Wheel Spacer Safety
When you run with wheel spacers, proper installation and periodic monitoring is absolutely crucial. With slip-on spacers, there is less to worry about since the only factor that must be accounted for is having lug nuts that are long enough to reach through both the spacer and the wheel. This is the simplest way of running spacers, and as long as the lugs reach through the wheel enough to mount lug nuts, there should be no real concerns outside of those associated with mounting wheels normally. It is because of this that we prefer these for more aggressive and strenuous driving.
When running with bolt-on spacers, you must maintain them meticulously since there are multiple pieces to check. With these, you need to torque the lugs and studs to spec for both the ones attaching to the hub as well as to the wheels. For this reason, it is more time-involving to run your car with these. When installed properly, they're very usable and they work as a great adapter if you do not always run with a wide stance in your vehicle, such as if you are bringing the car to a racetrack but you also drive the car regularly.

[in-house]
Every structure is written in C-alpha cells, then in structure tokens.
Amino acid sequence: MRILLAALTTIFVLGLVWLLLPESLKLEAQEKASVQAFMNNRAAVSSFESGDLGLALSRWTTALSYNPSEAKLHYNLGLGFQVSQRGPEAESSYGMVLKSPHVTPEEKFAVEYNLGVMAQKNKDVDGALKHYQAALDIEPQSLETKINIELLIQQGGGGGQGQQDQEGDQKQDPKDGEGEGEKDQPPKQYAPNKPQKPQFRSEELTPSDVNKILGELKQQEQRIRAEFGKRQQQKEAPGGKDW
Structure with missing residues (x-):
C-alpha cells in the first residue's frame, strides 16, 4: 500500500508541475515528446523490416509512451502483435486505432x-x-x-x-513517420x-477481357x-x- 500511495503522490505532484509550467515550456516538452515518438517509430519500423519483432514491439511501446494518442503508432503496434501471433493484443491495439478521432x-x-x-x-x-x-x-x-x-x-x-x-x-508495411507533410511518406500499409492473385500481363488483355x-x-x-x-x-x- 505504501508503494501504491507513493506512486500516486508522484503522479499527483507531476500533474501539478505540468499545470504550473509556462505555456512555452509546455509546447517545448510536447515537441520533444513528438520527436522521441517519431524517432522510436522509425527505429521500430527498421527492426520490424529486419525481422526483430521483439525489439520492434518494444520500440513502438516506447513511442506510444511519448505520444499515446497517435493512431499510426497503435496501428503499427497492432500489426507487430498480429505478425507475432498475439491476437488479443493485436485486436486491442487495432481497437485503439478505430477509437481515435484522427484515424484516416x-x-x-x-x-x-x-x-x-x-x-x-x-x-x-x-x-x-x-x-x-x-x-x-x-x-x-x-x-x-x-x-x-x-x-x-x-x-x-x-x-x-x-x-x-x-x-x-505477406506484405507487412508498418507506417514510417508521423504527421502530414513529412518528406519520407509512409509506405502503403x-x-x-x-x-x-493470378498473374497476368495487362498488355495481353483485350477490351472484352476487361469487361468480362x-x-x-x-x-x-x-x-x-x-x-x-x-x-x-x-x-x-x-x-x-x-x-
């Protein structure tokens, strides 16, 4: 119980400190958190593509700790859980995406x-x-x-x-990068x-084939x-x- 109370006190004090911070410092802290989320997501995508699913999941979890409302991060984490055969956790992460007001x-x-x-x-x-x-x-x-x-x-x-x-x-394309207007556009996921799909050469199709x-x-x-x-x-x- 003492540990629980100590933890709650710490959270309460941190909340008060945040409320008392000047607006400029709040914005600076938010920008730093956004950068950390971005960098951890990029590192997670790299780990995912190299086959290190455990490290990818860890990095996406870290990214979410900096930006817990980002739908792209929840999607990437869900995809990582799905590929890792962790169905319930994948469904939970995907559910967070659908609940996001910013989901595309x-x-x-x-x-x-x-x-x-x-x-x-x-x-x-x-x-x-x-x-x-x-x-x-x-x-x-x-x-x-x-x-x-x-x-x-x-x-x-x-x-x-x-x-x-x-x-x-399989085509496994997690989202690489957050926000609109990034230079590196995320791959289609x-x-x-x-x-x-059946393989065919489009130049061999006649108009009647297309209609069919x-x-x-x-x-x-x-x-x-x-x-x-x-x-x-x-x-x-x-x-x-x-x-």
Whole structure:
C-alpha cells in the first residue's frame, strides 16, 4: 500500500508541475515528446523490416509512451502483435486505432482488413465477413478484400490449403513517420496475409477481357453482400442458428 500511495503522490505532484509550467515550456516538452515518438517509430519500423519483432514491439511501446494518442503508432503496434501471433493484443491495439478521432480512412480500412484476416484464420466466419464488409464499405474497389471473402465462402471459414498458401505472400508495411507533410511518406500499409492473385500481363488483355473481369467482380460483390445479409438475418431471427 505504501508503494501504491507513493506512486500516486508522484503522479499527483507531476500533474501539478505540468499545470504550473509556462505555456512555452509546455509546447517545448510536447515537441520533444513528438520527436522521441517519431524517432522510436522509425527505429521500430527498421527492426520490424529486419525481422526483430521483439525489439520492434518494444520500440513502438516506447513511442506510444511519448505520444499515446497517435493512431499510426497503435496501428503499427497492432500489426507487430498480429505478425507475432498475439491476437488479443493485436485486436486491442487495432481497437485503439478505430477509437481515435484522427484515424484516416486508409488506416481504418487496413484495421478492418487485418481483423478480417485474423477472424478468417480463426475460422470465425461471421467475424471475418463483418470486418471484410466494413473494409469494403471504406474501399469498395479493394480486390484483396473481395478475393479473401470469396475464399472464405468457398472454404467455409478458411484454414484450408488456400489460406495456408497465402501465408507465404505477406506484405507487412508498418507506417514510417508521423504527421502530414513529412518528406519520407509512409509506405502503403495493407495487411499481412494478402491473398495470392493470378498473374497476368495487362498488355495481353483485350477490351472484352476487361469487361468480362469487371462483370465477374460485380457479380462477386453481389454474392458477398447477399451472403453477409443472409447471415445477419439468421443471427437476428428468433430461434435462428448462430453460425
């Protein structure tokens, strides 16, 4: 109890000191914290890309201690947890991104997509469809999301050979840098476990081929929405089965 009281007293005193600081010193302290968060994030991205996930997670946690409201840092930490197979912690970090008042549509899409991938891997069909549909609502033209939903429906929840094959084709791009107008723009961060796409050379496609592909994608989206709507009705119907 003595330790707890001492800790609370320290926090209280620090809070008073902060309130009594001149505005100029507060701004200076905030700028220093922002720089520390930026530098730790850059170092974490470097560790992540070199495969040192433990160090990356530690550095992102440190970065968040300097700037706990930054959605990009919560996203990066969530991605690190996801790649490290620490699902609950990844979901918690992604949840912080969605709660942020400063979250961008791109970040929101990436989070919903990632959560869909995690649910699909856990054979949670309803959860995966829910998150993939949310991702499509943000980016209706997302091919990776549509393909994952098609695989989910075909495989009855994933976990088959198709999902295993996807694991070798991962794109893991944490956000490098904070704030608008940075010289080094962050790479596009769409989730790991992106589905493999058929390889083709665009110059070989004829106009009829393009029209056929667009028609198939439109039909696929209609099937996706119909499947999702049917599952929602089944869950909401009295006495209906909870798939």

Wheel Spacers Disclaimer
Please Note: This guide is an aid to help you install wheel spacers on your vehicle within the comfort of your own home or garage. Wheel spacers require correct installation and periodic monitoring during use. If you do not feel confident in performing the installation safely on your own, then have a professional install the parts for you.